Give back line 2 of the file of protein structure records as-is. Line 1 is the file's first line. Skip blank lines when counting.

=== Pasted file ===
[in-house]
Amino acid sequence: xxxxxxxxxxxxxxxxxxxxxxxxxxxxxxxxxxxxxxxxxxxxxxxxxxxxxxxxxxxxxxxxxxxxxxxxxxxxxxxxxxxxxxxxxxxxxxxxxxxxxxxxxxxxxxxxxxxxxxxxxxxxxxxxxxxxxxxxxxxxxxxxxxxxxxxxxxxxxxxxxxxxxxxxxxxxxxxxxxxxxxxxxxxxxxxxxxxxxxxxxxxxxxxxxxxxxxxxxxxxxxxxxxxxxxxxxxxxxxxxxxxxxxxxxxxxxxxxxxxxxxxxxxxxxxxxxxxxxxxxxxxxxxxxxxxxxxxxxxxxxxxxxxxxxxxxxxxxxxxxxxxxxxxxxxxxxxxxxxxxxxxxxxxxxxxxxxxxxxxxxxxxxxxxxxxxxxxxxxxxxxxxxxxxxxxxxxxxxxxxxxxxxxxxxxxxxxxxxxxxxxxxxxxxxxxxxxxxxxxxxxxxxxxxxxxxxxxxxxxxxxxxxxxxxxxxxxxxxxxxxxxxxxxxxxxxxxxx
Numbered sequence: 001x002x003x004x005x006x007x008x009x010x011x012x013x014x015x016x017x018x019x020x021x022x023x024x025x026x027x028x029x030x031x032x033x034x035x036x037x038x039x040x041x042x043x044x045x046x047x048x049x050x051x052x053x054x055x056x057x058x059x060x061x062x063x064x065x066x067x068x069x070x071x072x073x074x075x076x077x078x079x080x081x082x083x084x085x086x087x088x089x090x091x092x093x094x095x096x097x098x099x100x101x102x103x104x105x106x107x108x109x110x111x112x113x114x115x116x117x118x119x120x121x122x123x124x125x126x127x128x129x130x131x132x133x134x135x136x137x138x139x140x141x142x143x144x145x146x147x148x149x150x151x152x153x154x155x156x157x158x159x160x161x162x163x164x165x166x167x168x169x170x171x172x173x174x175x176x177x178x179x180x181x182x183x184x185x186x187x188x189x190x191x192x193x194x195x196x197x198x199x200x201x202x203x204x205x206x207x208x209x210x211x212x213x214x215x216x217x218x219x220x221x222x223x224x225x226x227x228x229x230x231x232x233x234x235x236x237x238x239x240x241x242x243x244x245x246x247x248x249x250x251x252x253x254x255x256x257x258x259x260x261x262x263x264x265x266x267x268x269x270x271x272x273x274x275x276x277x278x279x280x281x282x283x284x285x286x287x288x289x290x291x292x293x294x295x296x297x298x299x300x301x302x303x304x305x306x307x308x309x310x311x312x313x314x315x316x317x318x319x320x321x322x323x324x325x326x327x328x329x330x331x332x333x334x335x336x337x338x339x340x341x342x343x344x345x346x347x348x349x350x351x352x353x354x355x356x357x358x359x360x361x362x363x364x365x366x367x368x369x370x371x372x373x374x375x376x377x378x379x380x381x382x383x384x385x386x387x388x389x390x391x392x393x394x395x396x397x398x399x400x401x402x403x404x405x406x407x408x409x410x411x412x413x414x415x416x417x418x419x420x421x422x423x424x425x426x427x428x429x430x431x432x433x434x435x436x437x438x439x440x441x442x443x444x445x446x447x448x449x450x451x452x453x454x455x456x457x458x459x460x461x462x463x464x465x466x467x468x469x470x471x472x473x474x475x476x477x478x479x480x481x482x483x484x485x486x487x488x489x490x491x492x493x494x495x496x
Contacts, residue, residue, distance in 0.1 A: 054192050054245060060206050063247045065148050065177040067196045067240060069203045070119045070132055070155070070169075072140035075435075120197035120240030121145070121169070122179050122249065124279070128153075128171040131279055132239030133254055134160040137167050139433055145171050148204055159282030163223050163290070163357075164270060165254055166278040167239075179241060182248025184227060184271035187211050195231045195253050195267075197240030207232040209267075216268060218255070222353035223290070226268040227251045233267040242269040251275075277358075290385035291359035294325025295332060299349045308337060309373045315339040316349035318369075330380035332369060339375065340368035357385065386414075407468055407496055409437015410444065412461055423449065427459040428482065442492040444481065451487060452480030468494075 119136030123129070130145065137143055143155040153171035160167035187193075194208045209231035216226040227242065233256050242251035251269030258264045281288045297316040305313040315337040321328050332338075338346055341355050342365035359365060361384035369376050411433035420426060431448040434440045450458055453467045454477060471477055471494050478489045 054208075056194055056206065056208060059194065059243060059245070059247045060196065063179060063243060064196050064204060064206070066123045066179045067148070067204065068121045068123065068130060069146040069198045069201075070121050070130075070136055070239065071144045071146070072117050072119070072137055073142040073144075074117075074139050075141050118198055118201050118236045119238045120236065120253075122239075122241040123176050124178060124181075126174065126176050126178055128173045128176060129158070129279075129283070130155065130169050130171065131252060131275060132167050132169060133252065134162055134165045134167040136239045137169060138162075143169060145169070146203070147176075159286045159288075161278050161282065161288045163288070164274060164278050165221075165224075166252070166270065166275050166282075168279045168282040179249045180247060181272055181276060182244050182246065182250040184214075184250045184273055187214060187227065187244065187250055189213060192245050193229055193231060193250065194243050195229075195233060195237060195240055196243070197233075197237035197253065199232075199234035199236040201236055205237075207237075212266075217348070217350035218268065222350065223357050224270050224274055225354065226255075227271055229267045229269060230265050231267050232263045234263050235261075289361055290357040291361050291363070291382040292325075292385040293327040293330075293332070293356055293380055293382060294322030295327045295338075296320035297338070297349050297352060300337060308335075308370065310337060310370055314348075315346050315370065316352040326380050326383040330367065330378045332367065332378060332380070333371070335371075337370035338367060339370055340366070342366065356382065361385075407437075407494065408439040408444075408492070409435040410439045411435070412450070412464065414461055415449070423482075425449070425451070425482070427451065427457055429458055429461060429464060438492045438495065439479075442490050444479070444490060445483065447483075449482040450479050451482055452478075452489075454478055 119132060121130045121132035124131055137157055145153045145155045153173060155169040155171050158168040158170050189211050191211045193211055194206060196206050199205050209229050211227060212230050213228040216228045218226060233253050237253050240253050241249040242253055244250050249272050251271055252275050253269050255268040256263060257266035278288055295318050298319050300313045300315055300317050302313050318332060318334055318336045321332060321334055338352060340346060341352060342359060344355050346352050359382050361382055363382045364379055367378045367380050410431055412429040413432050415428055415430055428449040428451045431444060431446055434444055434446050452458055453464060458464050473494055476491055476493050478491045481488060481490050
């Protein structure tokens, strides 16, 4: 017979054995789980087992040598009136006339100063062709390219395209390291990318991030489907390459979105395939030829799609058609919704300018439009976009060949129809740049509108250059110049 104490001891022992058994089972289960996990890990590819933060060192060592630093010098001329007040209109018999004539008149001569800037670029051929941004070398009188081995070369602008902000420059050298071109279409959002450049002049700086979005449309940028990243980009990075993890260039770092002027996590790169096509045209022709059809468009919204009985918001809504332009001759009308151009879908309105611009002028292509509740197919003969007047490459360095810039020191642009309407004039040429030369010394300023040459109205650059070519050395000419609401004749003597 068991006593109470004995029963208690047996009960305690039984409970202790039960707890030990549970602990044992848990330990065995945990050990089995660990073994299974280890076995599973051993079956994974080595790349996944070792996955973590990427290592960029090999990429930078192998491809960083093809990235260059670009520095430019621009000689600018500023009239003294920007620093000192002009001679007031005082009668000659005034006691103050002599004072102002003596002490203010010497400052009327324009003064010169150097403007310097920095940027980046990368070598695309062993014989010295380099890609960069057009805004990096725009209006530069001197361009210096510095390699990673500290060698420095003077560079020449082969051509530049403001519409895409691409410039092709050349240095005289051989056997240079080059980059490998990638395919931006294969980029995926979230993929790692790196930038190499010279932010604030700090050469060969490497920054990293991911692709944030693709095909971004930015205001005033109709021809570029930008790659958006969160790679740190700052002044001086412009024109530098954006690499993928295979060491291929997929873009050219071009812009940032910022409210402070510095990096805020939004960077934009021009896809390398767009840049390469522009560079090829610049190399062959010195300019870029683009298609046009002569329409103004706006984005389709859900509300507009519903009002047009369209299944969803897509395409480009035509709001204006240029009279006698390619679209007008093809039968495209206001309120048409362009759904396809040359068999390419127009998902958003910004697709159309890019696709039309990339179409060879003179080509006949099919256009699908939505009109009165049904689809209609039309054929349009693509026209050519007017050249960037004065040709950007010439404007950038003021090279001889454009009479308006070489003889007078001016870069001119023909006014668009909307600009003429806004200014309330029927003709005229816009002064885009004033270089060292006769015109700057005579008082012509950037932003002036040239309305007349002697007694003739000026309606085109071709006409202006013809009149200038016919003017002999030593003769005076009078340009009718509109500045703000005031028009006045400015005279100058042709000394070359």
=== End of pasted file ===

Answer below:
Amino acid sequence: xxxxxxxxxxxxxxxxxxxxxxxxxxxxxxxxxxxxxxxxxxxxxxxxxxxxxxxxxxxxxxxxxxxxxxxxxxxxxxxxxxxxxxxxxxxxxxxxxxxxxxxxxxxxxxxxxxxxxxxxxxxxxxxxxxxxxxxxxxxxxxxxxxxxxxxxxxxxxxxxxxxxxxxxxxxxxxxxxxxxxxxxxxxxxxxxxxxxxxxxxxxxxxxxxxxxxxxxxxxxxxxxxxxxxxxxxxxxxxxxxxxxxxxxxxxxxxxxxxxxxxxxxxxxxxxxxxxxxxxxxxxxxxxxxxxxxxxxxxxxxxxxxxxxxxxxxxxxxxxxxxxxxxxxxxxxxxxxxxxxxxxxxxxxxxxxxxxxxxxxxxxxxxxxxxxxxxxxxxxxxxxxxxxxxxxxxxxxxxxxxxxxxxxxxxxxxxxxxxxxxxxxxxxxxxxxxxxxxxxxxxxxxxxxxxxxxxxxxxxxxxxxxxxxxxxxxxxxxxxxxxxxxxxxxxxxxxxx